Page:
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Outspoken feminist Ricarda Lang and Iranian-born foreign policy expert Omid Nouripour are taking the helm of Germany's Green Party. The two previous leaders, Habeck and Baerbock, are now senior government ministers.
Germany's Green Party chose Ricarda Lang and Omid Nouripour as its new co-leaders on Saturday.
Lang, a 28-year-old who previously served as a party spokeswoman on women's issues, is seen as part of the of the party's left wing, while 46-year-old Nouripour is viewed as more moderate.
Lang tweeted it is an "honor" to lead the party along with Nouripour.
She and Nouripour will take the helm of Germany's most prominent environmentalist party after it received its highest-ever result in September's general election.
Lang is one of the youngest party leaders in the Greens' history. Nouripour, who was born in Iran, is a foreign affairs expert whose career in the Bundestag spans more than a decade.
On Saturday, Lang told DW the Greens must widen its voter base and "get more people to engage with us and to trust in us, especially in rural areas."
Nourpour, meanwhile, told DW the Greens must "stand together" with its coalition partners on foreign policy amid tensions with Russia.
The duo will replace Annalena Baerbock and Robert Habeck, who are serving in Germany's coalition government under Chancellor Olaf Scholz. Baerbock is currently foreign minister, while Habeck serves as vice chancellor and minister for economic affairs and climate action.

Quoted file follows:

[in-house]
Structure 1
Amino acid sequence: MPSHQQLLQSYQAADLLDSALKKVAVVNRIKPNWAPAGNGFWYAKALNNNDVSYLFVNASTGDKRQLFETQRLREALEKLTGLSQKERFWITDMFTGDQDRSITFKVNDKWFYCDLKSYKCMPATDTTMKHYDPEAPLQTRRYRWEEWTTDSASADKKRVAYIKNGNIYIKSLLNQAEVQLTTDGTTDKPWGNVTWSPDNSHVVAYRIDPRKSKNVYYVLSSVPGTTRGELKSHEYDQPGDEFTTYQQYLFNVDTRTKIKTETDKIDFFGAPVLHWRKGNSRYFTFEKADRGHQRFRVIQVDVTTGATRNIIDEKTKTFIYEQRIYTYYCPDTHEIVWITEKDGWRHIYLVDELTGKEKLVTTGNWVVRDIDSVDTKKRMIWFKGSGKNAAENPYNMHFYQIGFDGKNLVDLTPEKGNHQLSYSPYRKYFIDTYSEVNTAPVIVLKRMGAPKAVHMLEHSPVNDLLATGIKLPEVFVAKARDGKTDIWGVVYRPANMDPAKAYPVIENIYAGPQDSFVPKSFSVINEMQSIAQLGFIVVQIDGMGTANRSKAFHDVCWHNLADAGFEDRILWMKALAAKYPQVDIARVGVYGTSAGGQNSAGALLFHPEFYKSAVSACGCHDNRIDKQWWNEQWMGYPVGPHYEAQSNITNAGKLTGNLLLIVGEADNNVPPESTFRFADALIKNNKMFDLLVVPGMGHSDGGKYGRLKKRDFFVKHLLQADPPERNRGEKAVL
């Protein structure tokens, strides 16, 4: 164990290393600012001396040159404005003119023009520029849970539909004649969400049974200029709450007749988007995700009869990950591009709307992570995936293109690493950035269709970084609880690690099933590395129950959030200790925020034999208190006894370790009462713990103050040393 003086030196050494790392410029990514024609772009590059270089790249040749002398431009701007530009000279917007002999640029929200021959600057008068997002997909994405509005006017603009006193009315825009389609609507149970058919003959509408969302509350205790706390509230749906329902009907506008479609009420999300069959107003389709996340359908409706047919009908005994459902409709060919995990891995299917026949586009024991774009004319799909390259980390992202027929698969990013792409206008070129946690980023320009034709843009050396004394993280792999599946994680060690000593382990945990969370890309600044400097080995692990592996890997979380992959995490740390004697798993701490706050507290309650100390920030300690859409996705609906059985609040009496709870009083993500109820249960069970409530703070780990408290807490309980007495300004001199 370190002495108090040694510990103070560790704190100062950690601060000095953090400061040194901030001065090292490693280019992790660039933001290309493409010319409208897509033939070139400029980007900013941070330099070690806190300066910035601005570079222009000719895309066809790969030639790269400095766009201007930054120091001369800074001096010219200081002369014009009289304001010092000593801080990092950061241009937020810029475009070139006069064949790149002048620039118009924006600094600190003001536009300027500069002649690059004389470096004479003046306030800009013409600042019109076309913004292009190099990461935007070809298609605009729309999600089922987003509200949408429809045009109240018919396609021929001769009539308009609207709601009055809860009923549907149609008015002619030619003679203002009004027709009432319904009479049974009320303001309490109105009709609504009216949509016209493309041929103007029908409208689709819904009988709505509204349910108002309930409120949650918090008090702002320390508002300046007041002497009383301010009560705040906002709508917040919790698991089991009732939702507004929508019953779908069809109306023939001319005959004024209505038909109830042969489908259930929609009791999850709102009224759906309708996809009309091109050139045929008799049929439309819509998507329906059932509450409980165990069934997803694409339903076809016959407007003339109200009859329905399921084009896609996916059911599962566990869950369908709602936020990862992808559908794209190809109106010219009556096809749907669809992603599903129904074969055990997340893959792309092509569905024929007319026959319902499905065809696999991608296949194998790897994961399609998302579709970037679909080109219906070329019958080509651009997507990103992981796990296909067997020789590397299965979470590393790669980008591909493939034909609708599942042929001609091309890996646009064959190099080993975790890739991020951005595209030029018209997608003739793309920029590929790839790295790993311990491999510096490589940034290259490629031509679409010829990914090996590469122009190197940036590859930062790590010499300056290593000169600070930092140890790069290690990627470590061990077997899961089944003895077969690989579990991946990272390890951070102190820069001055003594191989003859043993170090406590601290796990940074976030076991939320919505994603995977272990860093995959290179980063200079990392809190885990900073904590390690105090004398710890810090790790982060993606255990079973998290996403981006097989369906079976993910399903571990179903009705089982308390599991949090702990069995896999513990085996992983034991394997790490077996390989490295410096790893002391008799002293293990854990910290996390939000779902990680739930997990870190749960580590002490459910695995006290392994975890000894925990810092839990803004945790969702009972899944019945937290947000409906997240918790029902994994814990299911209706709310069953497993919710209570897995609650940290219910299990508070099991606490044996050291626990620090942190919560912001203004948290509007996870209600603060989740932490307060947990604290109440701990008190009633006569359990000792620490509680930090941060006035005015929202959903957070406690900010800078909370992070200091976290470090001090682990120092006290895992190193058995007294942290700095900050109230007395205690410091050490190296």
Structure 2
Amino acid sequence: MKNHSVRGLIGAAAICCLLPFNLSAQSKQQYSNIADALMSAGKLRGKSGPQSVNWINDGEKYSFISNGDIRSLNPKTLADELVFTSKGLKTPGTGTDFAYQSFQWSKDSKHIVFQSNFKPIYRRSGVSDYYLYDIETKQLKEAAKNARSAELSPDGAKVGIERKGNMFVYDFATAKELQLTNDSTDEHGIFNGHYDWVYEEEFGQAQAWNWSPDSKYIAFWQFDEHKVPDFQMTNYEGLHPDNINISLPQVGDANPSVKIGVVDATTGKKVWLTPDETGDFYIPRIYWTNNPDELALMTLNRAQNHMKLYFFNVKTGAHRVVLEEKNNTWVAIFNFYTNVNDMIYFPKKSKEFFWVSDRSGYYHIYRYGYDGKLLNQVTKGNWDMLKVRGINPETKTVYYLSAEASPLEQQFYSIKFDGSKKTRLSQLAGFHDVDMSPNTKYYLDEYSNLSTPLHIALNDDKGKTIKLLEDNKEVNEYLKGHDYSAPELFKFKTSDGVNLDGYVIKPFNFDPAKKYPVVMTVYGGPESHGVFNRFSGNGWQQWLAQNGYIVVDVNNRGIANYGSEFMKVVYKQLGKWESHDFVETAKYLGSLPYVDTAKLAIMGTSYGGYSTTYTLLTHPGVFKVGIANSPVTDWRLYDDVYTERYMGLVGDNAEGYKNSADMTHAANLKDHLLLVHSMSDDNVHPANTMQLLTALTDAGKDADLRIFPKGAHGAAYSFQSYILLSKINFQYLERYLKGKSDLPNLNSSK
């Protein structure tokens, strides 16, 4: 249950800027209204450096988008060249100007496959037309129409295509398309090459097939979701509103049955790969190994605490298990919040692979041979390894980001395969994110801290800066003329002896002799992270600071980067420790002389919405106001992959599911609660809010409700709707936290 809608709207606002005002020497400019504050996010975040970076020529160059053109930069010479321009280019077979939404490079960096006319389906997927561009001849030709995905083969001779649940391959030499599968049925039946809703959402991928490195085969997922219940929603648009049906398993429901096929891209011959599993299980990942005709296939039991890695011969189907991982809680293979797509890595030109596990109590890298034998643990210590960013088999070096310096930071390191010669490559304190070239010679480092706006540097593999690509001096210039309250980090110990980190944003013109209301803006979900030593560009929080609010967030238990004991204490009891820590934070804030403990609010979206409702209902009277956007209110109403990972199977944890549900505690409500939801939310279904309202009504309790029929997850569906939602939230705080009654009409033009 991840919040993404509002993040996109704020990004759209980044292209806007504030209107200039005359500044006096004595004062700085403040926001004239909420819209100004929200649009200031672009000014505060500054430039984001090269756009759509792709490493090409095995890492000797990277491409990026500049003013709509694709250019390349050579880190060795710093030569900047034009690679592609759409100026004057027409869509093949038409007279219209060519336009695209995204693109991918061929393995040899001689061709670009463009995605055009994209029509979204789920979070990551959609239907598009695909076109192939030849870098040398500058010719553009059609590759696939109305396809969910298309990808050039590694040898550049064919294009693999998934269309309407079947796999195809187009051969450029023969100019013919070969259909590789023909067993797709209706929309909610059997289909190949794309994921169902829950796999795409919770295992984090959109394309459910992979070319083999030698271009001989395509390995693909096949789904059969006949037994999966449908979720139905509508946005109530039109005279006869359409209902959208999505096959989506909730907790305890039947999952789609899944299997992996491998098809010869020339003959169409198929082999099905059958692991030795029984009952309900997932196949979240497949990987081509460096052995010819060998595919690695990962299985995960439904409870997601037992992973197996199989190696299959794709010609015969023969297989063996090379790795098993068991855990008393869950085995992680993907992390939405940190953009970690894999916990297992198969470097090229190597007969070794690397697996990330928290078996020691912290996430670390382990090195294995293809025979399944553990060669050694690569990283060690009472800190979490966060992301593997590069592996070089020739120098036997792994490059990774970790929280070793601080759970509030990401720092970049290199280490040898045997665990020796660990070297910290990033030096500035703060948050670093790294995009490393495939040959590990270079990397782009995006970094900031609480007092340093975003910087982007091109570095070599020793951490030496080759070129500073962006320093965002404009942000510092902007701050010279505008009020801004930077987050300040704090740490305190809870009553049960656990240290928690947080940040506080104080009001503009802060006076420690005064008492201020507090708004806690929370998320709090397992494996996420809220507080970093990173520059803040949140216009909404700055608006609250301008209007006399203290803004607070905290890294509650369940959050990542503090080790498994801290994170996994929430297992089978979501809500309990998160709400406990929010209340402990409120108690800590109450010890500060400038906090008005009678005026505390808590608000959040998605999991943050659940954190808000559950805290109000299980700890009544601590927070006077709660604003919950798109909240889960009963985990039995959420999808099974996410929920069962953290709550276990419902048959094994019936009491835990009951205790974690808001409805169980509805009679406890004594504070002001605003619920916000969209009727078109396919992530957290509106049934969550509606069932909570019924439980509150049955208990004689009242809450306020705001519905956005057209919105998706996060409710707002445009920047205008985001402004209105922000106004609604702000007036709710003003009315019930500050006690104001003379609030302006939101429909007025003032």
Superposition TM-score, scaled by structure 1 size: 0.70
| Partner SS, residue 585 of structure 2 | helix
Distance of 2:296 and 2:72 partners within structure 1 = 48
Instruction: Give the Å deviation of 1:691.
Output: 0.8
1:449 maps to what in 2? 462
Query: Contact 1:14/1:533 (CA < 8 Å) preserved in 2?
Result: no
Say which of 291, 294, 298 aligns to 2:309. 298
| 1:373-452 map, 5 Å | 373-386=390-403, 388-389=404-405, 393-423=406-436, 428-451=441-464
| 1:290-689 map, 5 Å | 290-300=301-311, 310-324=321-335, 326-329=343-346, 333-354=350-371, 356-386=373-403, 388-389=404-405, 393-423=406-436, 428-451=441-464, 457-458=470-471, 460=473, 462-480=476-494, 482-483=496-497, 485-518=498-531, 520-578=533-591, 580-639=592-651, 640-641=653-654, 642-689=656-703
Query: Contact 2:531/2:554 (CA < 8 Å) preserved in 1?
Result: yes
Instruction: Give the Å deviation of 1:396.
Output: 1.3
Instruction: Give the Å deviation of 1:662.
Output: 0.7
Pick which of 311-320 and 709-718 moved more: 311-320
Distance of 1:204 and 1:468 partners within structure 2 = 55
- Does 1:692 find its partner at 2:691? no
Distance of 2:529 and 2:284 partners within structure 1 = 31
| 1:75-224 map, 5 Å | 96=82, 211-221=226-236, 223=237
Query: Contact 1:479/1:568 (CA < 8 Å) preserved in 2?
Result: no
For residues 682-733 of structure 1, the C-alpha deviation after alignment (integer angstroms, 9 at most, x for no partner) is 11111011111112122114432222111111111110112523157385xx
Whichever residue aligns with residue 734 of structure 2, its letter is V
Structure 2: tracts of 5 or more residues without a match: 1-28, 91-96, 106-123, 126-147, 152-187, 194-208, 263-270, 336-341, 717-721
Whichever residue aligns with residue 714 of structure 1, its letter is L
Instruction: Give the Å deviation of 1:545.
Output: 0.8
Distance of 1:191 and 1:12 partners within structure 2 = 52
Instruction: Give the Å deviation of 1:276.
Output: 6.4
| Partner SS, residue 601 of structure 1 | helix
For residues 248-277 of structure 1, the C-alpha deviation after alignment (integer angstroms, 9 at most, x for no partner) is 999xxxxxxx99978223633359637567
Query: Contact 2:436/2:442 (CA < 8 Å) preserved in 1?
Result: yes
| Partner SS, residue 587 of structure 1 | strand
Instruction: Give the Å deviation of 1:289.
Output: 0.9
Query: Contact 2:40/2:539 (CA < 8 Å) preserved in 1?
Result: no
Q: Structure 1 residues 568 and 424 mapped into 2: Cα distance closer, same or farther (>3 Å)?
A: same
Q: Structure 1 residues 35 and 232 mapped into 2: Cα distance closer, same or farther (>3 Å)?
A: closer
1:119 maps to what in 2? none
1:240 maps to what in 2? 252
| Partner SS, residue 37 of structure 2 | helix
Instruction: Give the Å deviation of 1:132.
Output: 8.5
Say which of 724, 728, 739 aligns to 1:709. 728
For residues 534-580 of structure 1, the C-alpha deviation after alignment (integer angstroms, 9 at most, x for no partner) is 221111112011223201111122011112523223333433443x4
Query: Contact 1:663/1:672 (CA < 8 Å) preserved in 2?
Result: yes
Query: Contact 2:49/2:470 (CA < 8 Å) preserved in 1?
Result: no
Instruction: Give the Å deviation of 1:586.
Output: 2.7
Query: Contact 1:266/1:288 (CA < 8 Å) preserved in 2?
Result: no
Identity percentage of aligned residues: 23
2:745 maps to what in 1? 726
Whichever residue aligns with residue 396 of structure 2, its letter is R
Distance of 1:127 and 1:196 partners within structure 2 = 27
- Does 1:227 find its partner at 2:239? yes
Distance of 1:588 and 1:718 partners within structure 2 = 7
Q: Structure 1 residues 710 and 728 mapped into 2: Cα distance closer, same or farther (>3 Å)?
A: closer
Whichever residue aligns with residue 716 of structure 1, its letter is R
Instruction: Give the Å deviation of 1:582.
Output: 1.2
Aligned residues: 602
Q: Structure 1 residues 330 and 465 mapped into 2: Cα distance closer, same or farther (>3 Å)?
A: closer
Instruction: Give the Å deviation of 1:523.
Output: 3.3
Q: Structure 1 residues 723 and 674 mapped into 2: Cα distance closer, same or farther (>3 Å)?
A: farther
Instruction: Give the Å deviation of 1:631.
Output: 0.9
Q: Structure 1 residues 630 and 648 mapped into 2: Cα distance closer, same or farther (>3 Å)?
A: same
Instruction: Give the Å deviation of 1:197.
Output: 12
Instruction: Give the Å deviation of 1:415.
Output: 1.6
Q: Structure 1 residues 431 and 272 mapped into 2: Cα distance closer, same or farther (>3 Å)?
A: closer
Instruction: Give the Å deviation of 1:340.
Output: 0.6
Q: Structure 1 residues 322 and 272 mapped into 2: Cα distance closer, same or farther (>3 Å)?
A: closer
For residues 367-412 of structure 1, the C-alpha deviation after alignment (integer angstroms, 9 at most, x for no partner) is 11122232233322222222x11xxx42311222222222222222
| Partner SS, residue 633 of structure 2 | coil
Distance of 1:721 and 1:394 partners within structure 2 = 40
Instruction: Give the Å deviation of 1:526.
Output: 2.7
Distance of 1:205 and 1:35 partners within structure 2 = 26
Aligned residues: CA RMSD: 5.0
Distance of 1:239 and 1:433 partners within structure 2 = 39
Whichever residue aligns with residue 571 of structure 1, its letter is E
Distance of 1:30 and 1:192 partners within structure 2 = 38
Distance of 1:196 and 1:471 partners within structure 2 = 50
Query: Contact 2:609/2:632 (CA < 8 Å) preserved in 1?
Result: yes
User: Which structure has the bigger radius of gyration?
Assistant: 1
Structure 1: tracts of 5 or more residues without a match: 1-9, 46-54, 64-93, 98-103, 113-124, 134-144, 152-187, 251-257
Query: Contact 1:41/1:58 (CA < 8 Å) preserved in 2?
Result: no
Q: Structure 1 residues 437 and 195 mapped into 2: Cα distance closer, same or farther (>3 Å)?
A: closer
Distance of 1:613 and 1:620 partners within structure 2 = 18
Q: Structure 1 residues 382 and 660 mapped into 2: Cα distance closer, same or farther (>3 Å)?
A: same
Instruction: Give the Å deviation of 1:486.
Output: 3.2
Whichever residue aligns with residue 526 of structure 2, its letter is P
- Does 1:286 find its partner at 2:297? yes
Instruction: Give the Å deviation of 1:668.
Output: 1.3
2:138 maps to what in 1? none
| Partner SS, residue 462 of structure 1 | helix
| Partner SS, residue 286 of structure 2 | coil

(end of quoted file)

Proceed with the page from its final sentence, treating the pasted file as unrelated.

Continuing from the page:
Both Lang and Nouripour reflected on the Greens' role in the government during their speeches on Saturday. The Greens must work and cooperate with their coalition partners the Social Democratic Party and the neoliberal Free Democratic Party to deliver on campaign promises, such as a massive decrease in carbon emissions.
"Governing isn't a punishment, it's a huge chance," Lang said.
Nouripour said the Greens need to be "smart and self-confident" as the party tackles the challenges of governing, while calling for "solidarity" with Baerbock and Habeck.
The Greens last served in the government in 2005 under Chancellor Gerhard Schröder.
wd/dj (Reuter, AP, AFP, dpa)